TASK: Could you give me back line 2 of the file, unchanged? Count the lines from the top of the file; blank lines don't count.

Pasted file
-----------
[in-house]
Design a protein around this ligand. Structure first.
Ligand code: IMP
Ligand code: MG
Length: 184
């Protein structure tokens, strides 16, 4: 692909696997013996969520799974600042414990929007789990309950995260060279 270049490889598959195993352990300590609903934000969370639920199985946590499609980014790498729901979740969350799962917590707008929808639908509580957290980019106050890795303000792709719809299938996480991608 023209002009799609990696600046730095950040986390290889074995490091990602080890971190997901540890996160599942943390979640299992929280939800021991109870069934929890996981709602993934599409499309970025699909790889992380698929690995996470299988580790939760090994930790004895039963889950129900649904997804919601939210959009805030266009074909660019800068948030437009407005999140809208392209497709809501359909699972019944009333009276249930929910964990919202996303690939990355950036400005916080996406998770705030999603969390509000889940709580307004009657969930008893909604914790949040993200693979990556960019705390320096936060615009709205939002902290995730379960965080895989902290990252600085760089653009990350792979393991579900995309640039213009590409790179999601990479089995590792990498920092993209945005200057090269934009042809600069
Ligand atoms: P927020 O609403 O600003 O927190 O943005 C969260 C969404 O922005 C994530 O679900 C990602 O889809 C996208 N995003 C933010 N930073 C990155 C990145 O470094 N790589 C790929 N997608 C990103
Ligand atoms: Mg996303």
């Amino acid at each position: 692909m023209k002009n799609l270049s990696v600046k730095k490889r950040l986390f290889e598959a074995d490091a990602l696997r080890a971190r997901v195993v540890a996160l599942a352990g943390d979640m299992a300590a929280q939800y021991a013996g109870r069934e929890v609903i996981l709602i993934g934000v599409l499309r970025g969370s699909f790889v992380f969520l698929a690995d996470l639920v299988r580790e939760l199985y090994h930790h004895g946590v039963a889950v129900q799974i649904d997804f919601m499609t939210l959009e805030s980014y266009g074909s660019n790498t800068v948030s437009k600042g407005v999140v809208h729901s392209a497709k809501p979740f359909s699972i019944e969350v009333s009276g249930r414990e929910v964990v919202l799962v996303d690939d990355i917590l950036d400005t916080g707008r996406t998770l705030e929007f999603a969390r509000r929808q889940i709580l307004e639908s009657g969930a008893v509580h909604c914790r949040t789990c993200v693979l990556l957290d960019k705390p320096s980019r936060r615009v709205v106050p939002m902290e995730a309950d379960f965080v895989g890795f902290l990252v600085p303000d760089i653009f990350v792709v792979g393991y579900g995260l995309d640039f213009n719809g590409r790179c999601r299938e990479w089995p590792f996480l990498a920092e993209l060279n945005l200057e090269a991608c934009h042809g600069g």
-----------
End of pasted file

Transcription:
Design a protein around this ligand. Structure first.